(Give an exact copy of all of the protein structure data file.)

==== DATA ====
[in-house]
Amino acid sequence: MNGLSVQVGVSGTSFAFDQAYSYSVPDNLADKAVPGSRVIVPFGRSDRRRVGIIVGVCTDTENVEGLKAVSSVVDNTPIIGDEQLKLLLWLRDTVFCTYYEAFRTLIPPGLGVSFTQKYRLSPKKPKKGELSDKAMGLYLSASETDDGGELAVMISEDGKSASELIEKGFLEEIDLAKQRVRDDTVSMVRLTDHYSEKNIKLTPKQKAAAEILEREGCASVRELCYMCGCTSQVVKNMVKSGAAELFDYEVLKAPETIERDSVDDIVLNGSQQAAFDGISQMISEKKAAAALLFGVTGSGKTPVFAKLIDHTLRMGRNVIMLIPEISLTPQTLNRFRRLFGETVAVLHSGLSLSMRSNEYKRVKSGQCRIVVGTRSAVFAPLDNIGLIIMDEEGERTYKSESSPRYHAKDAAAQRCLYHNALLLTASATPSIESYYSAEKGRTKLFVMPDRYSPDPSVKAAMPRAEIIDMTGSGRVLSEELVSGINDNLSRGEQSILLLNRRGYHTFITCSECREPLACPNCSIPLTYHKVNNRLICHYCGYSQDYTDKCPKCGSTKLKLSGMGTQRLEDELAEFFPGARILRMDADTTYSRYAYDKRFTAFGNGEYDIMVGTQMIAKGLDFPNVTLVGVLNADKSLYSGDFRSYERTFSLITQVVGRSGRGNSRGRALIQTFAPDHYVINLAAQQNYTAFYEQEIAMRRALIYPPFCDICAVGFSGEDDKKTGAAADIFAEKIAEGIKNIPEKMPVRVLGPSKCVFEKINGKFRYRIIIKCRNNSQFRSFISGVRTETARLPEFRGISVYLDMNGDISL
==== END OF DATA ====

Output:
[in-house]
Amino acid sequence: MNGLSVQVGVSGTSFAFDQAYSYSVPDNLADKAVPGSRVIVPFGRSDRRRVGIIVGVCTDTENVEGLKAVSSVVDNTPIIGDEQLKLLLWLRDTVFCTYYEAFRTLIPPGLGVSFTQKYRLSPKKPKKGELSDKAMGLYLSASETDDGGELAVMISEDGKSASELIEKGFLEEIDLAKQRVRDDTVSMVRLTDHYSEKNIKLTPKQKAAAEILEREGCASVRELCYMCGCTSQVVKNMVKSGAAELFDYEVLKAPETIERDSVDDIVLNGSQQAAFDGISQMISEKKAAAALLFGVTGSGKTPVFAKLIDHTLRMGRNVIMLIPEISLTPQTLNRFRRLFGETVAVLHSGLSLSMRSNEYKRVKSGQCRIVVGTRSAVFAPLDNIGLIIMDEEGERTYKSESSPRYHAKDAAAQRCLYHNALLLTASATPSIESYYSAEKGRTKLFVMPDRYSPDPSVKAAMPRAEIIDMTGSGRVLSEELVSGINDNLSRGEQSILLLNRRGYHTFITCSECREPLACPNCSIPLTYHKVNNRLICHYCGYSQDYTDKCPKCGSTKLKLSGMGTQRLEDELAEFFPGARILRMDADTTYSRYAYDKRFTAFGNGEYDIMVGTQMIAKGLDFPNVTLVGVLNADKSLYSGDFRSYERTFSLITQVVGRSGRGNSRGRALIQTFAPDHYVINLAAQQNYTAFYEQEIAMRRALIYPPFCDICAVGFSGEDDKKTGAAADIFAEKIAEGIKNIPEKMPVRVLGPSKCVFEKINGKFRYRIIIKCRNNSQFRSFISGVRTETARLPEFRGISVYLDMNGDISL